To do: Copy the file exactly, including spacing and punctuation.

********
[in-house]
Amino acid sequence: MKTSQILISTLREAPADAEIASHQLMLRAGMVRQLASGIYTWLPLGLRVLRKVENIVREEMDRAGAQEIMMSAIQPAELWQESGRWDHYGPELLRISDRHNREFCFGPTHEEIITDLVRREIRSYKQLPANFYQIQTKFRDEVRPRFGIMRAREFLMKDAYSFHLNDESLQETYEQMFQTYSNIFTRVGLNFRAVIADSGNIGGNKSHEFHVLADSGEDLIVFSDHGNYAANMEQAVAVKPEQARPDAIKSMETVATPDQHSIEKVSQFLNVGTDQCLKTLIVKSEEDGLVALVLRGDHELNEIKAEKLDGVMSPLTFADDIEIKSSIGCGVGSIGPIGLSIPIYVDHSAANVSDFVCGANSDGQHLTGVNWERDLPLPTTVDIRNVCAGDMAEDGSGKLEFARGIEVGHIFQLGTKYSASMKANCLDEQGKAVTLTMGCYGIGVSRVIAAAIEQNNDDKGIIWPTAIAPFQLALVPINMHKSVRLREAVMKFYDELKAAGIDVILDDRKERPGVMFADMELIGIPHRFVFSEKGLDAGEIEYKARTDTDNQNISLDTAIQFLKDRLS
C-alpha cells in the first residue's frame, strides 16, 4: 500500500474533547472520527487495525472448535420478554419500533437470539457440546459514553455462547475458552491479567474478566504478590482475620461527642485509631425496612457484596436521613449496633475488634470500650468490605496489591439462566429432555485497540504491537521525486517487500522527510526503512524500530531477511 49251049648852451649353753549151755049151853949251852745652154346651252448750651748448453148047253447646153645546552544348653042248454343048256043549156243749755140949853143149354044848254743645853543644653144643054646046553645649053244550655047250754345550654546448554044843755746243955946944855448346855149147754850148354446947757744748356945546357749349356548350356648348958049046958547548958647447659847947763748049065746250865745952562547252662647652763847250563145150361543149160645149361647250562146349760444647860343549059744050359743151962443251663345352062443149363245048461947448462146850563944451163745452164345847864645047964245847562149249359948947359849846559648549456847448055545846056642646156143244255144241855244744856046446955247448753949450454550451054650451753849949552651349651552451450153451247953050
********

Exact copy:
[in-house]
Amino acid sequence: MKTSQILISTLREAPADAEIASHQLMLRAGMVRQLASGIYTWLPLGLRVLRKVENIVREEMDRAGAQEIMMSAIQPAELWQESGRWDHYGPELLRISDRHNREFCFGPTHEEIITDLVRREIRSYKQLPANFYQIQTKFRDEVRPRFGIMRAREFLMKDAYSFHLNDESLQETYEQMFQTYSNIFTRVGLNFRAVIADSGNIGGNKSHEFHVLADSGEDLIVFSDHGNYAANMEQAVAVKPEQARPDAIKSMETVATPDQHSIEKVSQFLNVGTDQCLKTLIVKSEEDGLVALVLRGDHELNEIKAEKLDGVMSPLTFADDIEIKSSIGCGVGSIGPIGLSIPIYVDHSAANVSDFVCGANSDGQHLTGVNWERDLPLPTTVDIRNVCAGDMAEDGSGKLEFARGIEVGHIFQLGTKYSASMKANCLDEQGKAVTLTMGCYGIGVSRVIAAAIEQNNDDKGIIWPTAIAPFQLALVPINMHKSVRLREAVMKFYDELKAAGIDVILDDRKERPGVMFADMELIGIPHRFVFSEKGLDAGEIEYKARTDTDNQNISLDTAIQFLKDRLS
C-alpha cells in the first residue's frame, strides 16, 4: 500500500474533547472520527487495525472448535420478554419500533437470539457440546459514553455462547475458552491479567474478566504478590482475620461527642485509631425496612457484596436521613449496633475488634470500650468490605496489591439462566429432555485497540504491537521525486517487500522527510526503512524500530531477511 49251049648852451649353753549151755049151853949251852745652154346651252448750651748448453148047253447646153645546552544348653042248454343048256043549156243749755140949853143149354044848254743645853543644653144643054646046553645649053244550655047250754345550654546448554044843755746243955946944855448346855149147754850148354446947757744748356945546357749349356548350356648348958049046958547548958647447659847947763748049065746250865745952562547252662647652763847250563145150361543149160645149361647250562146349760444647860343549059744050359743151962443251663345352062443149363245048461947448462146850563944451163745452164345847864645047964245847562149249359948947359849846559648549456847448055545846056642646156143244255144241855244744856046446955247448753949450454550451054650451753849949552651349651552451450153451247953050